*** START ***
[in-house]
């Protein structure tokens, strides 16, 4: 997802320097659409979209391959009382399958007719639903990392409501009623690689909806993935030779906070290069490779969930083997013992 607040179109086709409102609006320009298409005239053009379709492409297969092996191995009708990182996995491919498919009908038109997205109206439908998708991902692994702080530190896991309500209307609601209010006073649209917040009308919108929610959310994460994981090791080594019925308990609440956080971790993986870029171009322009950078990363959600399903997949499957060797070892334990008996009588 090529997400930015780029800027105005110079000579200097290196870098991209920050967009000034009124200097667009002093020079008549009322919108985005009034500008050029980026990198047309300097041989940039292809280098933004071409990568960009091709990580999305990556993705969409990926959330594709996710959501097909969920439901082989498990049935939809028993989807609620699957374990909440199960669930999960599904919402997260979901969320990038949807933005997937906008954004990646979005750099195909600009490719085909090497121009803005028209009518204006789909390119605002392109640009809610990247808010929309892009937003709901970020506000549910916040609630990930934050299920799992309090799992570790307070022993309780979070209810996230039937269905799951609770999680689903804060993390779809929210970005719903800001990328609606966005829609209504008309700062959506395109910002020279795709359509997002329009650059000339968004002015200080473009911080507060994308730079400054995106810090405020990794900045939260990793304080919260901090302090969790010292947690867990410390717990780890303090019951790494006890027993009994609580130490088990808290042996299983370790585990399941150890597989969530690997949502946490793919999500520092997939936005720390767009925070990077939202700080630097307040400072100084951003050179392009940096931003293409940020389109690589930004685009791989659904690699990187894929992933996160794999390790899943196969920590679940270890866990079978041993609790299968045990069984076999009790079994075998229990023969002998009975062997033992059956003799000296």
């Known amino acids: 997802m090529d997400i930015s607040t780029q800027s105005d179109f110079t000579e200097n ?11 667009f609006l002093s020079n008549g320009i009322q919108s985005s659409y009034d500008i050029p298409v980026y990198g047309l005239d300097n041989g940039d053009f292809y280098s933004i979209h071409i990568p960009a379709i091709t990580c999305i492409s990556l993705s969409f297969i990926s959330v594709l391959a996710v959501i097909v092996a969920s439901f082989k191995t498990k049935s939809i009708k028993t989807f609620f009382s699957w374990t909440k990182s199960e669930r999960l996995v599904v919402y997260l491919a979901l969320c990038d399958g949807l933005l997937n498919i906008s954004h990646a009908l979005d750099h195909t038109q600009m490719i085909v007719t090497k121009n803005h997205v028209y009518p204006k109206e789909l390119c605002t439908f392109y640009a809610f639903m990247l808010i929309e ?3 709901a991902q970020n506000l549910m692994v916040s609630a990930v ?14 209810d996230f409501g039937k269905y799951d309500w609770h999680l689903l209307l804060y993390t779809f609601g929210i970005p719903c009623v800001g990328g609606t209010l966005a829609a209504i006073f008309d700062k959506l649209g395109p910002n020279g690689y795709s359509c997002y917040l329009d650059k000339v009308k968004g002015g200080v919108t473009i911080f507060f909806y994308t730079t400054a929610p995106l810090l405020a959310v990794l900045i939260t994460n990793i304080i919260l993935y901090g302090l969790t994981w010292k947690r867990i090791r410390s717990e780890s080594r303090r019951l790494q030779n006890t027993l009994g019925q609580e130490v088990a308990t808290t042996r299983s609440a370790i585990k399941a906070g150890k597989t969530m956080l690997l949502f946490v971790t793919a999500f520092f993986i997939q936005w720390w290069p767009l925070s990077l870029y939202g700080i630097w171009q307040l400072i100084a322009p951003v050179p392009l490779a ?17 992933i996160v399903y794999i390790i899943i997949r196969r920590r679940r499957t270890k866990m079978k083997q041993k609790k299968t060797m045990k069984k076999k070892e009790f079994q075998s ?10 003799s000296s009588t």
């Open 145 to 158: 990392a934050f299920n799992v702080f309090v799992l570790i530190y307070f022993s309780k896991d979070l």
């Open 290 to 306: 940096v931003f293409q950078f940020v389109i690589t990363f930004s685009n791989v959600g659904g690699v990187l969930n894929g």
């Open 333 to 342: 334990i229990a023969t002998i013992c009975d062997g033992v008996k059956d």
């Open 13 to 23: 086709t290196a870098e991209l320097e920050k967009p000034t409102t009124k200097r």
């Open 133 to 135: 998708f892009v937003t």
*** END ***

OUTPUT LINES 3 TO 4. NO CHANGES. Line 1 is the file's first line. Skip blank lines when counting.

């Known amino acids: 997802m090529d997400i930015s607040t780029q800027s105005d179109f110079t000579e200097n ?11 667009f609006l002093s020079n008549g320009i009322q919108s985005s659409y009034d500008i050029p298409v980026y990198g047309l005239d300097n041989g940039d053009f292809y280098s933004i979209h071409i990568p960009a379709i091709t990580c999305i492409s990556l993705s969409f297969i990926s959330v594709l391959a996710v959501i097909v092996a969920s439901f082989k191995t498990k049935s939809i009708k028993t989807f609620f009382s699957w374990t909440k990182s199960e669930r999960l996995v599904v919402y997260l491919a979901l969320c990038d399958g949807l933005l997937n498919i906008s954004h990646a009908l979005d750099h195909t038109q600009m490719i085909v007719t090497k121009n803005h997205v028209y009518p204006k109206e789909l390119c605002t439908f392109y640009a809610f639903m990247l808010i929309e ?3 709901a991902q970020n506000l549910m692994v916040s609630a990930v ?14 209810d996230f409501g039937k269905y799951d309500w609770h999680l689903l209307l804060y993390t779809f609601g929210i970005p719903c009623v800001g990328g609606t209010l966005a829609a209504i006073f008309d700062k959506l649209g395109p910002n020279g690689y795709s359509c997002y917040l329009d650059k000339v009308k968004g002015g200080v919108t473009i911080f507060f909806y994308t730079t400054a929610p995106l810090l405020a959310v990794l900045i939260t994460n990793i304080i919260l993935y901090g302090l969790t994981w010292k947690r867990i090791r410390s717990e780890s080594r303090r019951l790494q030779n006890t027993l009994g019925q609580e130490v088990a308990t808290t042996r299983s609440a370790i585990k399941a906070g150890k597989t969530m956080l690997l949502f946490v971790t793919a999500f520092f993986i997939q936005w720390w290069p767009l925070s990077l870029y939202g700080i630097w171009q307040l400072i100084a322009p951003v050179p392009l490779a ?17 992933i996160v399903y794999i390790i899943i997949r196969r920590r679940r499957t270890k866990m079978k083997q041993k609790k299968t060797m045990k069984k076999k070892e009790f079994q075998s ?10 003799s000296s009588t």
């Open 145 to 158: 990392a934050f299920n799992v702080f309090v799992l570790i530190y307070f022993s309780k896991d979070l």